Regional cerebral blood flow in patients with primary hyperparathyroidism before and after successful parathyroidectomy. BJS 2003; 90: 732-737.
Published: 9th June 2003
Authors: O. Mjåland, E. Normann, E. Halvorsen, S. Rynning, T. Egeland
Single‐photon emission computed tomography (SPECT) is used to study cerebral blood flow and cerebral metabolism in various neuropsychiatric disorders. Reduced regional cerebral blood flow has been demonstrated in patients with depression and chronic fatigue, symptoms that are common in primary hyperparathyroidism. The aim of this study was to reveal possible changes in regional cerebral blood flow in patients with primary hyperparathyroidism before and after operative treatment.
This was a prospective study of regional cerebral blood flow in 16 consecutive women of median age 72 (range 50–82) years using SPECT with 99mTc‐labelled hexamethylpropylenamine‐oxime. The measurements were performed before and 2, 4 and 12 months after parathyroidectomy. The Montgomery and Åsberg depression rating scale (MADRS) depression score was used as a parallel clinical test.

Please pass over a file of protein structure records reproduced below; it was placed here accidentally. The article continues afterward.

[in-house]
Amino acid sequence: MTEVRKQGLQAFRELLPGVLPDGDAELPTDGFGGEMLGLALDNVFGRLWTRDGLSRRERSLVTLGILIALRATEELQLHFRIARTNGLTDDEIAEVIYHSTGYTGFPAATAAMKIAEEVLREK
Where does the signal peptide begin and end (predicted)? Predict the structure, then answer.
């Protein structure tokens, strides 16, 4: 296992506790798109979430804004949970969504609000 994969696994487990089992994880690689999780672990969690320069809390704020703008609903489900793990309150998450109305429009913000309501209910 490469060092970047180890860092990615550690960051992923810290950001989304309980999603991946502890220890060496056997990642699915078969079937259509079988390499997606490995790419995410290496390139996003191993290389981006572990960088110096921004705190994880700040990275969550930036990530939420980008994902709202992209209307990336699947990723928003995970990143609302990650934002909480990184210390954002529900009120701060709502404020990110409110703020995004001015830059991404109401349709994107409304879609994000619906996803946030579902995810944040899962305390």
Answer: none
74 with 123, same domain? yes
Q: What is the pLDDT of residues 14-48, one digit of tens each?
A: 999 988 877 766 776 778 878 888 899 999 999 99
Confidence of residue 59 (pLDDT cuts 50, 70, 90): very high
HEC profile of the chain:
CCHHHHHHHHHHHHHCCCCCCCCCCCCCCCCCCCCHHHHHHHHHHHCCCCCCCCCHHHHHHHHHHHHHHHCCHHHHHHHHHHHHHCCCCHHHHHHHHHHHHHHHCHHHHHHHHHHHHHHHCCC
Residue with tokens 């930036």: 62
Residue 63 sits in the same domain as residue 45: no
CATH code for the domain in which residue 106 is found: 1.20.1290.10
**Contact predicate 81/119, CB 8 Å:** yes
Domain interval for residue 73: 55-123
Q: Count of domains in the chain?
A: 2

Reduced (pathological) regional cerebral blood flow was seen before operation in 14 patients, 13 with a solitary adenoma and one with double adenoma. After surgery, this improved to normal values in 13, but was further reduced in one. In two patients with preoperative normal regional cerebral blood flow, both of whom were asymptomatic and had diffuse hyperplasia, a slight reduction was demonstrated. Eight patients had a pathological preoperative MADRS score, which normalized in seven after surgical treatment.
The finding of reduced regional cerebral blood flow in patients with primary hyperparathyroidism followed by significant improvement after operation might influence the case for surgical treatment. Copyright © 2003 British Journal of Surgery Society Ltd. Published by John Wiley & Sons, Ltd.Full text